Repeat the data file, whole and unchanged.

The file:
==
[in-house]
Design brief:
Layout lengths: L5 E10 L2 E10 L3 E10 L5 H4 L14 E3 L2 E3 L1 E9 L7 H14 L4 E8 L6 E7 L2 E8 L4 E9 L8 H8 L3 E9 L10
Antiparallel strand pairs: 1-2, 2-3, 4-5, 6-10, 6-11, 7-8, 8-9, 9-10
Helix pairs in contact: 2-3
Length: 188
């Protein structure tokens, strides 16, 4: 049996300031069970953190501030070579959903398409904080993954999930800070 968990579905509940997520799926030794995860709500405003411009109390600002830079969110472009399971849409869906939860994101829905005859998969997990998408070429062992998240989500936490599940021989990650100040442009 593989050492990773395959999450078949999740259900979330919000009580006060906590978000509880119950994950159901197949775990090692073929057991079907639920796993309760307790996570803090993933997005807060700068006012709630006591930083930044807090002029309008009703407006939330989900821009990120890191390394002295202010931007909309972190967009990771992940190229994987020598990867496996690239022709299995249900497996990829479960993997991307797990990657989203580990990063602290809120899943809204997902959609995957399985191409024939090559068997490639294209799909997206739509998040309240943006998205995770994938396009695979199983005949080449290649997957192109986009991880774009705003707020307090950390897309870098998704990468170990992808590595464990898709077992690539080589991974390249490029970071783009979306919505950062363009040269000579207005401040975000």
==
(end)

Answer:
[in-house]
Design brief:
Layout lengths: L5 E10 L2 E10 L3 E10 L5 H4 L14 E3 L2 E3 L1 E9 L7 H14 L4 E8 L6 E7 L2 E8 L4 E9 L8 H8 L3 E9 L10
Antiparallel strand pairs: 1-2, 2-3, 4-5, 6-10, 6-11, 7-8, 8-9, 9-10
Helix pairs in contact: 2-3
Length: 188
């Protein structure tokens, strides 16, 4: 049996300031069970953190501030070579959903398409904080993954999930800070 968990579905509940997520799926030794995860709500405003411009109390600002830079969110472009399971849409869906939860994101829905005859998969997990998408070429062992998240989500936490599940021989990650100040442009 593989050492990773395959999450078949999740259900979330919000009580006060906590978000509880119950994950159901197949775990090692073929057991079907639920796993309760307790996570803090993933997005807060700068006012709630006591930083930044807090002029309008009703407006939330989900821009990120890191390394002295202010931007909309972190967009990771992940190229994987020598990867496996690239022709299995249900497996990829479960993997991307797990990657989203580990990063602290809120899943809204997902959609995957399985191409024939090559068997490639294209799909997206739509998040309240943006998205995770994938396009695979199983005949080449290649997957192109986009991880774009705003707020307090950390897309870098998704990468170990992808590595464990898709077992690539080589991974390249490029970071783009979306919505950062363009040269000579207005401040975000």